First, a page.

14. Normative values of hip strength in adult male association football players assessed by handheld dynamometry.

    PubMed

    Hanna, Chris M; Fulcher, Mark L; Elley, C Raina; Moyes, Simon A

    2010-05-01

    Chronic groin pain is a common problem in association football players. Normative values for the strength of hip muscles, measured in an accurate and accessible manner, are needed to gauge strength and inform return to play decisions in this group. The purpose of this study was to define normative values of hip muscle strength using handheld dynamometry. A series of reliable clinical tests that are commonly used when making return to sport decisions in athletes with chronic adductor related groin pain have been selected. One hundred and twenty adult male association football players, free from injury, were recruited. Isometric strength of the hip flexors and adductor muscles was measured using a handheld dynamometer. Mean age was 24.9 years (SD 5.9). Eighty participants (67%) had experienced groin pain in the past. Mean strength for dominant leg hip flexion was 47.3 kg (95% confidence interval 45.6-49.0), non-dominant leg hip flexion was 42.5 kg (41.1-43.9), adduction at 0 degrees hip flexion was 35.6 kg (34.1-37.1), adduction at 45 degrees was 32.0 kg (30.9-33.1), and adduction at 90 degrees was 25.5 kg (24.4-26.5). This study establishes reference ranges and predictive equations for maximal isometric contraction strength of the hip muscles in non-injured adult male association football players. This information will assist assessment and management of an athlete's return to play following injury. 2009 Sports Medicine Australia. Published by Elsevier Ltd. All rights reserved.

  15. Room for Improvement in Nutrition Knowledge and Dietary Intake of Male Football (Soccer) Players in Australia.

    PubMed

    Andrews, Michael C; Itsiopoulos, Catherine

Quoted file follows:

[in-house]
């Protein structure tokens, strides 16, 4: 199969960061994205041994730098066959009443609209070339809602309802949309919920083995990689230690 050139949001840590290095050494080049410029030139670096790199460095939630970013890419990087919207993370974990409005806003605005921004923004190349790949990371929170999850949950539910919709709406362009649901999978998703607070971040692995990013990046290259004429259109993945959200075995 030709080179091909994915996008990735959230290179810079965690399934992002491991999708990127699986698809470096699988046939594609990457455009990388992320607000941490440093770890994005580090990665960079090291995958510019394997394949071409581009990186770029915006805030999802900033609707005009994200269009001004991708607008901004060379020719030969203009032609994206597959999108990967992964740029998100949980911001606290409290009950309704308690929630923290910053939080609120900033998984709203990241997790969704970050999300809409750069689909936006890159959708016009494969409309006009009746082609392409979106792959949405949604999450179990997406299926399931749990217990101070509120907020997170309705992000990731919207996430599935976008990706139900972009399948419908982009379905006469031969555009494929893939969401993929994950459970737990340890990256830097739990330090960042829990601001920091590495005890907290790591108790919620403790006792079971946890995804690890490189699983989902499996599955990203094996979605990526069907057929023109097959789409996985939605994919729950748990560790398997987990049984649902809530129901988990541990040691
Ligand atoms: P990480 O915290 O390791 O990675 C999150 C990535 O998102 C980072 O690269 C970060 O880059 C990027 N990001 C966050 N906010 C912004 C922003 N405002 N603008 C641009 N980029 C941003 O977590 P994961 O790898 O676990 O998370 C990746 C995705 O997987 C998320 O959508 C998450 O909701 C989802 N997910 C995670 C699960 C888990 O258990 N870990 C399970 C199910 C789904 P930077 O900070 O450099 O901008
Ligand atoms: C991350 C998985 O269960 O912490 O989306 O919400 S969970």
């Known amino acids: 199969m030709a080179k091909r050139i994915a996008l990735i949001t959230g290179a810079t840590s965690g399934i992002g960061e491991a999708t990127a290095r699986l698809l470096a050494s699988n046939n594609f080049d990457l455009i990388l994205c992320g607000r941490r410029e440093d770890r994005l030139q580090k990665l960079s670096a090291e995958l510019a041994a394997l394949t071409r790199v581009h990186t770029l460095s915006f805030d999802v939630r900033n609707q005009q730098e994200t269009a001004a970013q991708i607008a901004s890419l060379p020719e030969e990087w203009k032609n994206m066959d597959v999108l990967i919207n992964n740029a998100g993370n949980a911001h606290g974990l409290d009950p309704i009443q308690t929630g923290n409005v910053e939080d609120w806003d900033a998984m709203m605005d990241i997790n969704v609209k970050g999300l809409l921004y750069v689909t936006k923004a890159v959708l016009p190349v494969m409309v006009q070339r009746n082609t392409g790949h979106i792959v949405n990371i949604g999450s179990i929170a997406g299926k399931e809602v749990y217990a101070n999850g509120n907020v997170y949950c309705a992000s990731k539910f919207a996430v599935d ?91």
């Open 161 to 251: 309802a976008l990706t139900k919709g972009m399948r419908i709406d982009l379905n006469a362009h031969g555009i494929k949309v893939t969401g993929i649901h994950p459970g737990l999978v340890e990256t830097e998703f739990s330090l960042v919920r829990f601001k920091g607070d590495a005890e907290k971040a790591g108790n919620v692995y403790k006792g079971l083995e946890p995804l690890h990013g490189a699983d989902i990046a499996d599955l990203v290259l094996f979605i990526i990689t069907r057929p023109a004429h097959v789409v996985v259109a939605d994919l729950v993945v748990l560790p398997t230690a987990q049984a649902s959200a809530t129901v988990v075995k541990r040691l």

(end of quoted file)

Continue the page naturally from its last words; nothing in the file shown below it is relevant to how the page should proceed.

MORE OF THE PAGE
2016-02-01

    Athletes require sufficient nutrition knowledge and skills to enable appropriate selection and consumption of food and fluids to meet their health, body composition, and performance needs. This article reports the nutrition knowledge and dietary habits of male football (soccer) players in Australia. Players age 18 years and older were recruited from 1 A-League club (professional) and 4 National Premier League clubs (semiprofessional). No significant difference in general nutrition knowledge (GNK; 54.1% ± 13.4%; 56.8% ± 11.7%; M ± SD), t(71) = -0.91, p = .37, or sports nutrition knowledge (SNK; 56.9% ± 15.5%; 61.3% ± 15.9%), t(71) = -1.16, p = .25) were noted between professional (n = 29) and semiprofessional (n = 44) players. In general, players lacked knowledge in regard to food sources and types of fat. Although nutrition knowledge varied widely among players (24.6-82.8% correct responses), those who had recently studied nutrition answered significantly more items correctly than those who reported no recent formal nutrition education (62.6% ± 11.9%; 54.0% ± 11.4%), t(67) = 2.88, p = .005). Analysis of 3-day estimated food diaries revealed both professionals (n = 10) and semiprofessionals (n = 31) consumed on average less carbohydrate (3.5 ± 0.8 gC/kg; 3.9 ± 1.8 gC/kg) per day than football-specific recommendations (FIFA Medical and Assessment Research Centre [F-MARC]: 5-10 gC/kg). There was a moderate, positive correlation between SNK and carbohydrate intake (n = 41, ρ = 0.32, p = .04), indicating that players who exhibited greater SNK had higher carbohydrate intakes. On the basis of these findings, male football players in Australia would benefit from nutrition education targeting carbohydrate and fat in an attempt to improve nutrition knowledge and dietary practices.

  16. A survey of "mental hardiness" and "mental toughness" in professional male football players.

    PubMed

    Wieser, Rainer; Thiel, Haymo

    2014-01-01